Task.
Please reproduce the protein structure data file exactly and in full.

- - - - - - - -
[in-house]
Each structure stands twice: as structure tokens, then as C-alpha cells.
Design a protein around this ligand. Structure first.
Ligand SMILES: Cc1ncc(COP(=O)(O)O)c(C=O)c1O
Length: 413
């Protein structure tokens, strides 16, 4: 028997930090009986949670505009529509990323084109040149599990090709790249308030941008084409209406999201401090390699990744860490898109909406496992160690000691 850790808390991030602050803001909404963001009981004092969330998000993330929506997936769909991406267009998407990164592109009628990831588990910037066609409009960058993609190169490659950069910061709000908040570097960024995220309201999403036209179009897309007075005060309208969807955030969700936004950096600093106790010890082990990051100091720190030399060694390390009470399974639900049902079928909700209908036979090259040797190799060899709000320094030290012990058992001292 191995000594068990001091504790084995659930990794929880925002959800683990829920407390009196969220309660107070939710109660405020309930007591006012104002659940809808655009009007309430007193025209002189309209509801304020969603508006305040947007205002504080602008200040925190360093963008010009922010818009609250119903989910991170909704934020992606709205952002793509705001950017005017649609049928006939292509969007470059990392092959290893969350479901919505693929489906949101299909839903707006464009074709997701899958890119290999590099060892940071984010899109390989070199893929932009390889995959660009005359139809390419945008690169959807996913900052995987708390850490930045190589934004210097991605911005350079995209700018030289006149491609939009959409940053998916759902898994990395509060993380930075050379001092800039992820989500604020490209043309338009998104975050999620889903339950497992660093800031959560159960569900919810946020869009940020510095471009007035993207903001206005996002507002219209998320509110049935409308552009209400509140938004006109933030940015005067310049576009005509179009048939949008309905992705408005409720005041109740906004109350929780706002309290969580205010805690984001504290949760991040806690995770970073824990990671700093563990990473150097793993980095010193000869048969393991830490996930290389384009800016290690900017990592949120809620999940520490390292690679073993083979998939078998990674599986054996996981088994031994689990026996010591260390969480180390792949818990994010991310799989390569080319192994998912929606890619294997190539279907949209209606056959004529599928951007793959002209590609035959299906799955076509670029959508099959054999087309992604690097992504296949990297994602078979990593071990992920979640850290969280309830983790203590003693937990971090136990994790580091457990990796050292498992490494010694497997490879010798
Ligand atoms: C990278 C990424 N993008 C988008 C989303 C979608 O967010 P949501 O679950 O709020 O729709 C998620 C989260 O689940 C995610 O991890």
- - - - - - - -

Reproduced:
[in-house]
Each structure stands twice: as structure tokens, then as C-alpha cells.
Design a protein around this ligand. Structure first.
Ligand SMILES: Cc1ncc(COP(=O)(O)O)c(C=O)c1O
Length: 413
């Protein structure tokens, strides 16, 4: 028997930090009986949670505009529509990323084109040149599990090709790249308030941008084409209406999201401090390699990744860490898109909406496992160690000691 850790808390991030602050803001909404963001009981004092969330998000993330929506997936769909991406267009998407990164592109009628990831588990910037066609409009960058993609190169490659950069910061709000908040570097960024995220309201999403036209179009897309007075005060309208969807955030969700936004950096600093106790010890082990990051100091720190030399060694390390009470399974639900049902079928909700209908036979090259040797190799060899709000320094030290012990058992001292 191995000594068990001091504790084995659930990794929880925002959800683990829920407390009196969220309660107070939710109660405020309930007591006012104002659940809808655009009007309430007193025209002189309209509801304020969603508006305040947007205002504080602008200040925190360093963008010009922010818009609250119903989910991170909704934020992606709205952002793509705001950017005017649609049928006939292509969007470059990392092959290893969350479901919505693929489906949101299909839903707006464009074709997701899958890119290999590099060892940071984010899109390989070199893929932009390889995959660009005359139809390419945008690169959807996913900052995987708390850490930045190589934004210097991605911005350079995209700018030289006149491609939009959409940053998916759902898994990395509060993380930075050379001092800039992820989500604020490209043309338009998104975050999620889903339950497992660093800031959560159960569900919810946020869009940020510095471009007035993207903001206005996002507002219209998320509110049935409308552009209400509140938004006109933030940015005067310049576009005509179009048939949008309905992705408005409720005041109740906004109350929780706002309290969580205010805690984001504290949760991040806690995770970073824990990671700093563990990473150097793993980095010193000869048969393991830490996930290389384009800016290690900017990592949120809620999940520490390292690679073993083979998939078998990674599986054996996981088994031994689990026996010591260390969480180390792949818990994010991310799989390569080319192994998912929606890619294997190539279907949209209606056959004529599928951007793959002209590609035959299906799955076509670029959508099959054999087309992604690097992504296949990297994602078979990593071990992920979640850290969280309830983790203590003693937990971090136990994790580091457990990796050292498992490494010694497997490879010798
Ligand atoms: C990278 C990424 N993008 C988008 C989303 C979608 O967010 P949501 O679950 O709020 O729709 C998620 C989260 O689940 C995610 O991890």